I believed that the jealousy in dogs is no different than it is in humans until I met a sled dog racer in Canada. He was making his Alaskan Malamutes and Siberian Huskies ready for a ride. They all looked cute, and when I maneuvered to pet them the sled dog rider warned me, “You pet one dog and you have to pet them all.” Further, he said, “They get jealous of each other if any one of them gets more of love, affection, food, or anything. They turn into green-eyed monsters.”

This incident made me look deeper into dogs’ jealous behavior.

What I Found

I am going to discuss two different experiments that helps us understand this behavior better. Friederike Range, of the University of Vienna, did an experiment to study jealousy . Two dogs were given the same task to perform, but one gets rewarded while the other does not. Both the dogs were taught a simple trick of ‘shaking hands’. A dog would extend her paw and put it into the person’s hand.

For the experiment, both the dogs with their respective persons in front of them were seated side by side and were instructed to perform handshakes. But only one dog received the treat as a reward -- the other didn’t. You would think the unrewarded dog would react to this unfair distribution of rewards by performing the same tasks and wouldn’t follow his master’s instructions. This is exactly what happened. The unrewarded dog stopped obeying his master’s command and also showed stress signs when his partner dog kept receiving treats.

Many people would believe that this is not jealousy exactly. It might well be the case that the dog who did not get the treats stopped obeying his master simply due to the fact that all unrewarded training tricks and commands tend to disappear because of the learning process which theorists call “extinction.” Very simply, a dog would not perform the task if he won’t get any rewards in return. Do you also think the same? But wait, you might want to read further.

To ensure that the interaction was important rather than the case of frustration and jealousy, a similar experiment was conducted. But this time it was a little bit different. This time the same task was performed on the two dogs with their respective masters in a separate room. Also, they were not being rewarded at all for obeying their master’s instruction of shaking hands.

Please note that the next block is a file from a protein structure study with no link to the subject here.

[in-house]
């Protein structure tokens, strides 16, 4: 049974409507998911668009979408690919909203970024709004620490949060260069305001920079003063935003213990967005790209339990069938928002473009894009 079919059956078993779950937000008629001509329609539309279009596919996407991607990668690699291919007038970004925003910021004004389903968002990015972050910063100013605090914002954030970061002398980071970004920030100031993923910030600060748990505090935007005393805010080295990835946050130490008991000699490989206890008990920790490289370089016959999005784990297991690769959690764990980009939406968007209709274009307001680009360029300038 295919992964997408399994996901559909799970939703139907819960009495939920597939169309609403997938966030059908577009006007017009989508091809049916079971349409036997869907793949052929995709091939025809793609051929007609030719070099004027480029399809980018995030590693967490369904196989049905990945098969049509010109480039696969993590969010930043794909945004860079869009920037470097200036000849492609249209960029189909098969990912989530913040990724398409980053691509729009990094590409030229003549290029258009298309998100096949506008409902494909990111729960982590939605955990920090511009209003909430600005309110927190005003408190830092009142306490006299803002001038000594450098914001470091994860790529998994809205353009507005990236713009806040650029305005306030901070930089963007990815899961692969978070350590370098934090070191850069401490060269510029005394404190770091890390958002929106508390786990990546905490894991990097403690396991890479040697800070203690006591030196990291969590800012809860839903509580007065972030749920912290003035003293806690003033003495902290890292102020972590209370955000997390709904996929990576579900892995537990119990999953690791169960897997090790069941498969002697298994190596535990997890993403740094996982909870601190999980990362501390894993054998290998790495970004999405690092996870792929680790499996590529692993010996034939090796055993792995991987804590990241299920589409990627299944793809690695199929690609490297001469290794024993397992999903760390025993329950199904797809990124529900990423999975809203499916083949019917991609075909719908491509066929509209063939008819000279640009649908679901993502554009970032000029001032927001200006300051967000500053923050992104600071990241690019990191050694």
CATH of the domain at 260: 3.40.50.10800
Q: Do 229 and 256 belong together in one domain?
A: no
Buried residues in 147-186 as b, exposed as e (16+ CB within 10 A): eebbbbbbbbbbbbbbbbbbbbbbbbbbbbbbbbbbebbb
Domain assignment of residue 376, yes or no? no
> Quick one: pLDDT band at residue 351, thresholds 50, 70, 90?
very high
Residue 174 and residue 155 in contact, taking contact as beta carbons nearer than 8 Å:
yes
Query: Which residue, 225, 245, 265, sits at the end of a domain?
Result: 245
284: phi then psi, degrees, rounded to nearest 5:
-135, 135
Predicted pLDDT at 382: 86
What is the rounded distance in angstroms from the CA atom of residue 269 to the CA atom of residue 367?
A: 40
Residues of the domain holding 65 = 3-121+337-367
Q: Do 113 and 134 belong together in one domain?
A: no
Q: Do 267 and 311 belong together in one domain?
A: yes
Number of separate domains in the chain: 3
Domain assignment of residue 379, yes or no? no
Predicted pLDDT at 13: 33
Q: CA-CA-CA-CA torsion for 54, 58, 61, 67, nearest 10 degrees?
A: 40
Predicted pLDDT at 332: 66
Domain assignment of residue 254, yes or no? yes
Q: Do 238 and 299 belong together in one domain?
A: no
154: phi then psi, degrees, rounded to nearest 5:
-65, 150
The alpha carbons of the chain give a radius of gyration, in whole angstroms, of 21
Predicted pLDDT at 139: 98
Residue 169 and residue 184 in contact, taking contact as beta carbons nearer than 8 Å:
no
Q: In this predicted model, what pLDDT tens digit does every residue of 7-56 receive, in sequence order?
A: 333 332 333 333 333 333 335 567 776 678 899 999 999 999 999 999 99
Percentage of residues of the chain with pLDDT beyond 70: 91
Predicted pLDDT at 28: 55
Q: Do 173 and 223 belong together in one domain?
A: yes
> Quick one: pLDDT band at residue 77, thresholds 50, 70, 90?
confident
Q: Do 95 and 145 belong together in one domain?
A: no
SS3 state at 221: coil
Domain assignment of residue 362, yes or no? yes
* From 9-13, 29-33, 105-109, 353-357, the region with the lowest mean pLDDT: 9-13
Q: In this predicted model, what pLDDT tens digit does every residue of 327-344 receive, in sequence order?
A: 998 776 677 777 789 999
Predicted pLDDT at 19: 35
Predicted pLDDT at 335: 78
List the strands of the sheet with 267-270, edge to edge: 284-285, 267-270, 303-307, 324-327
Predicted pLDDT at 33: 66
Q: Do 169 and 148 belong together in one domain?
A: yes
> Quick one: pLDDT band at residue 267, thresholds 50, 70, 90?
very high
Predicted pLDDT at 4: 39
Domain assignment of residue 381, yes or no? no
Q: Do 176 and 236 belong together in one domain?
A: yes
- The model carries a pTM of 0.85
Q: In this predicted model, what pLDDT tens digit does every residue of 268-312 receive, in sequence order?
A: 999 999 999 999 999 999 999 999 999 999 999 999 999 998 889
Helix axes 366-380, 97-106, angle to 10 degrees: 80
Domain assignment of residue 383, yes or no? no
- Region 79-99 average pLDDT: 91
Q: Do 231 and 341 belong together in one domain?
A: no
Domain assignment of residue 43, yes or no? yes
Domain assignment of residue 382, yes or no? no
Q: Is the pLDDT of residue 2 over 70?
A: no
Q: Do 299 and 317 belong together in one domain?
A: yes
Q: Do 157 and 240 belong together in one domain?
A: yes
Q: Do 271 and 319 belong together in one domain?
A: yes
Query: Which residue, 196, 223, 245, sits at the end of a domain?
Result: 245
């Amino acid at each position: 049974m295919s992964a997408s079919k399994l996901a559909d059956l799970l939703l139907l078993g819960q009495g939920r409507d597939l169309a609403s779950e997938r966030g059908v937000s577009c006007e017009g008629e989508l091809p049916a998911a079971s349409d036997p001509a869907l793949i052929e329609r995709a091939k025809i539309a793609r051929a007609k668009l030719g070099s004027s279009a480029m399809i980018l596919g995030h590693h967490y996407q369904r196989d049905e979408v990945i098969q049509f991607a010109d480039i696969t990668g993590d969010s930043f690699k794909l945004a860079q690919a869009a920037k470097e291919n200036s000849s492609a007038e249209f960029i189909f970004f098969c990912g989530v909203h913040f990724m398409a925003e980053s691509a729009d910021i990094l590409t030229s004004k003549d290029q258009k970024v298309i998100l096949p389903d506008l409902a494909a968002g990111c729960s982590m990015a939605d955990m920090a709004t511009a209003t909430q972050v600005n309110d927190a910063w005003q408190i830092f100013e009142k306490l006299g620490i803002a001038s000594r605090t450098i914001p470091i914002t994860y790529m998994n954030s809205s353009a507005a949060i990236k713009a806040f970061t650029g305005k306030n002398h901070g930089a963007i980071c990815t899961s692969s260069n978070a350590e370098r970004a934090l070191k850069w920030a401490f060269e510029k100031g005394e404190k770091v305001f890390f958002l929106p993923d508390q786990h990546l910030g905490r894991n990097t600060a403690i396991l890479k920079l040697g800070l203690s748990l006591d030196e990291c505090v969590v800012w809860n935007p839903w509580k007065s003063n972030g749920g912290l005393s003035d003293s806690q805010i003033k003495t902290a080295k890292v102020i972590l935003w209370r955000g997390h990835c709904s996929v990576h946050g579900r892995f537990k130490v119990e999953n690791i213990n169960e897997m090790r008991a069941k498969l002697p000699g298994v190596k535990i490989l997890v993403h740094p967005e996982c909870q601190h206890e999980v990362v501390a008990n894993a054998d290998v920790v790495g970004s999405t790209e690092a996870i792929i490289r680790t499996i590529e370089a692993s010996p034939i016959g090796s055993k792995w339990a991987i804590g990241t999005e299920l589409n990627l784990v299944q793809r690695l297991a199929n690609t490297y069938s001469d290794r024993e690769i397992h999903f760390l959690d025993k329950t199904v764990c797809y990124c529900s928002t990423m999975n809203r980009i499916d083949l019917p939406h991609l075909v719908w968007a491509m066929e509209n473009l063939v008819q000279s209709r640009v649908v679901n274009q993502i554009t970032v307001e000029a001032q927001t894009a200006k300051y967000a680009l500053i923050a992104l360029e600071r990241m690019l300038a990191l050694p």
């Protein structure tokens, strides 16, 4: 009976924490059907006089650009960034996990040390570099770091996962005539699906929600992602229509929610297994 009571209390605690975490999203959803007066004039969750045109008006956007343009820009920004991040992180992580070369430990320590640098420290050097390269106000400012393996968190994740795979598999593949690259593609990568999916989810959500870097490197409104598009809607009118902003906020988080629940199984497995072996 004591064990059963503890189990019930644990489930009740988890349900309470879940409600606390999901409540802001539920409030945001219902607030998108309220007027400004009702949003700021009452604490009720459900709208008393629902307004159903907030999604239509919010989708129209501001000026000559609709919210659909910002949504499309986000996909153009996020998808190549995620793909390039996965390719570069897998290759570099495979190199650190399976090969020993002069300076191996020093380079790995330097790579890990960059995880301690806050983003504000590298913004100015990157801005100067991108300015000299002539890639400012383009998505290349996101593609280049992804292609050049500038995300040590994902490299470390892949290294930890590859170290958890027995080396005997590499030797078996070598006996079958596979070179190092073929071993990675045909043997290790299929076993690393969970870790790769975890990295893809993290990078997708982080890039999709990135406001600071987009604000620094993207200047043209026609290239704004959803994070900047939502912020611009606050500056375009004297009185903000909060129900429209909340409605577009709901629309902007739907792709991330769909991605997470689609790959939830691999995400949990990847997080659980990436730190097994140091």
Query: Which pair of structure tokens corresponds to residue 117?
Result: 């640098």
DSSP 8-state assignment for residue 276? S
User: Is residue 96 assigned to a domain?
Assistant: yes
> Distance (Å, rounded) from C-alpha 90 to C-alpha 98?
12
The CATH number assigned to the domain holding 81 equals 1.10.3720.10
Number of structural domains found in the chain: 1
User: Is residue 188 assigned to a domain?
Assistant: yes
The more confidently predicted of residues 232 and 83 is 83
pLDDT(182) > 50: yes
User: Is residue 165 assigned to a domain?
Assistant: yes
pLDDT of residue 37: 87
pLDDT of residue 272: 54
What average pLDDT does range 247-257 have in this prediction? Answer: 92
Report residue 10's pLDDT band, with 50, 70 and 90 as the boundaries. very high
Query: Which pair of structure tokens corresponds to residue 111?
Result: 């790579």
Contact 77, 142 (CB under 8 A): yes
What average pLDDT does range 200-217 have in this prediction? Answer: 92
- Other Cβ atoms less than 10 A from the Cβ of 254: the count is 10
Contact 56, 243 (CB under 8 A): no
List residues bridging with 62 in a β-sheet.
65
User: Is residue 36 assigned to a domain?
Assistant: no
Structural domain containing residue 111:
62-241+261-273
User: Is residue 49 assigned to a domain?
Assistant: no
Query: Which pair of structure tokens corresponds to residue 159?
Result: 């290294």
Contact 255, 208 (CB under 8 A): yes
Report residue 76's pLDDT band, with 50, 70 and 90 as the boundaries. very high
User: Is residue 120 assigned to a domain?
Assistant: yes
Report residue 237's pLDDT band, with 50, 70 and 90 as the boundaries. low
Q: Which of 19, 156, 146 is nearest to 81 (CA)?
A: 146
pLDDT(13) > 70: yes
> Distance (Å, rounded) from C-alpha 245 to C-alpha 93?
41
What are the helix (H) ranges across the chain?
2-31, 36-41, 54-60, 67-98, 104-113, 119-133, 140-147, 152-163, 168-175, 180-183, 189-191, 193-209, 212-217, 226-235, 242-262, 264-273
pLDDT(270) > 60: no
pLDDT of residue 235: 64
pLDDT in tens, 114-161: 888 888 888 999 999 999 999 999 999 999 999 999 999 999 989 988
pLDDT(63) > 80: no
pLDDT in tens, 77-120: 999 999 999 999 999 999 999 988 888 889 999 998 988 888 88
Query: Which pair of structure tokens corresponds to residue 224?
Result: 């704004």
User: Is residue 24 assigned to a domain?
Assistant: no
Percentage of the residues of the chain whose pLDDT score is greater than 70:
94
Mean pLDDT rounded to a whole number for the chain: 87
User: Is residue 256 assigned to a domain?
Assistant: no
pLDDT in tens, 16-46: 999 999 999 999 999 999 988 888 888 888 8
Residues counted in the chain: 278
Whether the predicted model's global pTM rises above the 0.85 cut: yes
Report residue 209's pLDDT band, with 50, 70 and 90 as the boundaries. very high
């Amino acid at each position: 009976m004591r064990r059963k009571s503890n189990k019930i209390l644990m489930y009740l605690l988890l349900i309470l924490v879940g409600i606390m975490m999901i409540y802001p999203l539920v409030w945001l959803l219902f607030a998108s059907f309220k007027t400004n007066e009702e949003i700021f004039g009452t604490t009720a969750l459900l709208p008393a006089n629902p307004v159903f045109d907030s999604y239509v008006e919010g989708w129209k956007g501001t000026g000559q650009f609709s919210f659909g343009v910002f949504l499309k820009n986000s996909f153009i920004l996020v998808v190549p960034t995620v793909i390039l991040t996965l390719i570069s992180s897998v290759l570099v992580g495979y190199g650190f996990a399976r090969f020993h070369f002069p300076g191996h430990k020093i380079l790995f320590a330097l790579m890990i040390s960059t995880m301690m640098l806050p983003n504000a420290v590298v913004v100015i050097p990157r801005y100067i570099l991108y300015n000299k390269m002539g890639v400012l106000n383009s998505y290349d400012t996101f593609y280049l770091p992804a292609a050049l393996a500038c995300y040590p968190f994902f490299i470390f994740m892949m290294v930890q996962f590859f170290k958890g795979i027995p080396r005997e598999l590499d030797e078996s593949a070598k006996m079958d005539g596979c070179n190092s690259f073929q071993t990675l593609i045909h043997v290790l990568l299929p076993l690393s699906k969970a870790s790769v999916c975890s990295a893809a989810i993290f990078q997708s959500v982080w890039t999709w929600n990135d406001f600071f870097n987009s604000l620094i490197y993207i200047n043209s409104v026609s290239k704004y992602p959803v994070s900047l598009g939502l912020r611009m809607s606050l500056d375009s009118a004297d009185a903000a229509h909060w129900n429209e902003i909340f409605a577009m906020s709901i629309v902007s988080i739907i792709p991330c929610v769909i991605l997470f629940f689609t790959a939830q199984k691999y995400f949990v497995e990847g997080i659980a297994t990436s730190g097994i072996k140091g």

Under this circumstance, both the dogs did not only present their paws for a longer time but also didn’t show any signs of frustration or annoyance. So, definitely, the motive to perform the trick was not to get a reward. It was jealousy that the other partner was getting rewards for the same task he was doing.

One More Experiment to Understand This Behavior Further

When human beings are involved in different social settings and situations, every aspect of the reward is closely considered to determine the jealousy. Dogs, however, do not see the situation under the same microscope. This can be understood from a similar experiment to the one previously discussed.

Now, again, two dogs sit side by side in front of their respective owners. Both the dogs are instructed to perform a “shake hand” task. This time, both the dogs get treats as rewards but the difference here is one dog gets a very desirable treat, a piece of chicken, and the other one gets a comparatively less desirable treat, a piece of bread.

The outcome was surprising. The response from both the dogs was not affected by the unfair share of rewards, unlike what a human might have done if he were in the place of dogs. Dogs are sensitive to fairness (whether they are being rewarded or not), but not to the equity (the quality of rewards).

The Bottom Line

It can be said that dogs get jealous when they think you have been unfair to them; whether it’s food, love, affection, attention, or anything. Other animals like primates also respond to primary and secondary emotions, but dogs only respond to secondary emotions. If you have any questions or want to share what you feel, please comment. Long may the canines live!

Clara Lou is a co-founder and the marketing head at PetLovesBest. She happens to be an active animal activist in her town who has done a few notable works for the welfare of animals, especially pets. She loves to enjoy writing about pets and animals.

Image: Pixabay.com